‘The FPRC is not there to protect any community. The FPRC is there to advance the interests of the FPRC,’ Mudge says. ‘They’re an armed group that have committed and continue to commit war crimes and massive human-rights violations. Frankly, Alawad should be worried about being tied to these types of abuses.’
For now, the UN seeks to pacify CAR’s armed rebels with disarmament programmes, offering militants schooling and paid work in return for their weapons. But FPRC rebels snub such offers, keen to keep the upper hand. ‘Deliver peace,’ says Alawad, ‘and then we shall disarm. Come tomorrow and give us this and we will give you all our guns.’
There are signs, however, that the rebels may soon be cornered. Moscow’s donation of weapons and military instructors – most likely mercenaries – to bolster CAR’s depleted armed forces is an attempt to make a foothold in the region. On top of this, the UN wants to make Bria a weapons-free zone.
‘We will not accept an arms-free zone here,’ Alawad insists, flicking his hand upwards dismissively. ‘We took this town through fighting. Any place the revolution takes [the UN], wants to make an arms-free zone. We cannot accept that.’ Alawad is not the only man jostling for control. On Bria’s west side is a UN commander from Pakistan; on its east, the regional governor. Despite their very different backgrounds, the pair have forged an alliance.
Yamin Adil is a moustachioed brigadier general in the Pakistan Army and commands the area’s peacekeeping force. In his large and well-furnished office, housed in an olive-green, air-conditioned tent within the peacekeeping compound, he tells me that morale among his forces dipped in recent months following several attacks; last year 14 uniformed UN personnel were killed in CAR. For Brig-Gen Adil, widespread impunity is a huge challenge: ‘There is no legal system, and the logistics to take criminals to Bangui are so lengthy. We arrest someone, then we ask ourselves, why is he roaming around here again just one month later?’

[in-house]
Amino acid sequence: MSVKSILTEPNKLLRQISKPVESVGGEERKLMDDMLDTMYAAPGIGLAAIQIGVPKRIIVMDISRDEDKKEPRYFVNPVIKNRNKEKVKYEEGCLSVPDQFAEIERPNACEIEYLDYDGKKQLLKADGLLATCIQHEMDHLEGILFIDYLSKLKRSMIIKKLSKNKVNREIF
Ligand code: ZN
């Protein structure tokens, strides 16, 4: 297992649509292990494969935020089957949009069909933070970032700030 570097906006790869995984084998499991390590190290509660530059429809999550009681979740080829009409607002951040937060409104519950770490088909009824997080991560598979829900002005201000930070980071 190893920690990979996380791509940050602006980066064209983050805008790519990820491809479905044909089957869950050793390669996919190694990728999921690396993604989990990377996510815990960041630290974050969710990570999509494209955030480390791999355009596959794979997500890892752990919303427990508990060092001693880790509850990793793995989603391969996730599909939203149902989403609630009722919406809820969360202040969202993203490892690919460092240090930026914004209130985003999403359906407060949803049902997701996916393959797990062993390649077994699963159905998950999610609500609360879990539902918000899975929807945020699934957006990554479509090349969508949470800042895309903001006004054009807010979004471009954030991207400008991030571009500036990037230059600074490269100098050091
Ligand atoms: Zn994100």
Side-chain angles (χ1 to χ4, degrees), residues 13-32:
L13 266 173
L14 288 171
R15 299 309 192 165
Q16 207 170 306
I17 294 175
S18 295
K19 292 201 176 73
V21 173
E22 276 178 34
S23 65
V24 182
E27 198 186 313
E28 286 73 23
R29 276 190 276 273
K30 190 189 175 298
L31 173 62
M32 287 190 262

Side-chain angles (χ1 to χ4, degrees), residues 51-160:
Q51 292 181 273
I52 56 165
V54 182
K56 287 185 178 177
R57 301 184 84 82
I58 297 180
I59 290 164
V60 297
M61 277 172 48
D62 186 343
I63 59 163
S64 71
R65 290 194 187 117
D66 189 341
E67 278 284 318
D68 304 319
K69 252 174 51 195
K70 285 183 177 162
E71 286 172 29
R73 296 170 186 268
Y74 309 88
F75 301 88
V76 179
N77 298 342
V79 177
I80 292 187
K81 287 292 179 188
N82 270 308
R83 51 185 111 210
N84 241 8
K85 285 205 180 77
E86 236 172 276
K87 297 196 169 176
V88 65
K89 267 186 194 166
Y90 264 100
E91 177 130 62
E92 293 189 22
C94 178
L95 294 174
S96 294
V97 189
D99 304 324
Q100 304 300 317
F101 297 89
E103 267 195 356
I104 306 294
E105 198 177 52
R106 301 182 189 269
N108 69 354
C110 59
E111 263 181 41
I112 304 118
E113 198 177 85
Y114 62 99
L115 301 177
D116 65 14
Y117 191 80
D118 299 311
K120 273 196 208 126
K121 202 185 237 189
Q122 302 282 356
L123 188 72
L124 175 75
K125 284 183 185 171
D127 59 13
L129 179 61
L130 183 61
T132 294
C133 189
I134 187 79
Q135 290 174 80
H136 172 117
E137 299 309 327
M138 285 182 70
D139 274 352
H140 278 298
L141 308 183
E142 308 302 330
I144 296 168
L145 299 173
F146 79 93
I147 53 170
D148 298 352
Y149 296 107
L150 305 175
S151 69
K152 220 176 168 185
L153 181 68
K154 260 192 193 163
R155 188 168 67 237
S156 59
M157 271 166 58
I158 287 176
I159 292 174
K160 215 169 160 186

Yet he is optimistic. ‘The intention is to make Bria weapons-free in the not very distant future,’ he tells me. ‘Each time we move out in force and create sufficient deterrence, my troops regain confidence. It is all psychological.’
A few miles away, on the east side of town, is Thierry Binguinendji, the regional governor and a son of Bria. This thickset, middle-aged man wears a colourful, wide-collared shirt that wouldn’t look out of place on a 1970s wedding singer.
As the sole representative of a weak and distant government, he faces assassination in this rebel-held region. While the UN has deployed a detachment of Zambian peacekeepers at his house, Binguinendji travels around the town without security. In his bare office, I ask him how he copes.
‘When I was given the job, some of the former Séléka refused to have me here,’ he replies. ‘But after negotiations, they allowed me to begin my work. My strength is that I’m a native of Bria. This allows me to move between areas where different armed groups operate. I try to work with those who accept my presence.’
The governor is under no illusion about his lack of power. ‘I lack a justice system, I lack security forces,’ he says. ‘There are no state departments here. The FPRC controls everything but they don’t have enough resources to manage things. The government has an imaginary presence here. I need real means to resolve this and rule properly.’
Until then, he’s calling on higher powers to preserve him: ‘I am protected by God,’ he says.
There are tentative signs that the outside world is taking note of the plight of the Central African Republic. While I was in Bria, Najat Rochdi, the country’s UN humanitarian coordinator, flew into the town to discuss the situation with Brig Gen Adil.
Three months later, in May, at the UN’s palatial headquarters in Geneva, far from Bria’s destruction and squalor, Rochdi arrived with a message: provide more help to CAR, or face the consequences of inaction. Without the necessary resources, she told the gathered delegates, ‘thousands of children will continue to die in their first five years of life and another generation of Central Africans will be sacrificed’.
Until then, young people like Rose, the teenage girl in the displacement camp, continue to face an uncertain future. But she is not giving in yet.
‘My favourite subject at school is French,’ she told me before I left. ‘I want to learn the language so I can write my story, so other people in the world can understand what has happened here. After that, I want to become a teacher so I can give knowledge to others.’
She paused and looked at the ground. ‘But the main thing is peace,’ she said, meeting my eyes again with a determined look. ‘Peace is all I want for my country.’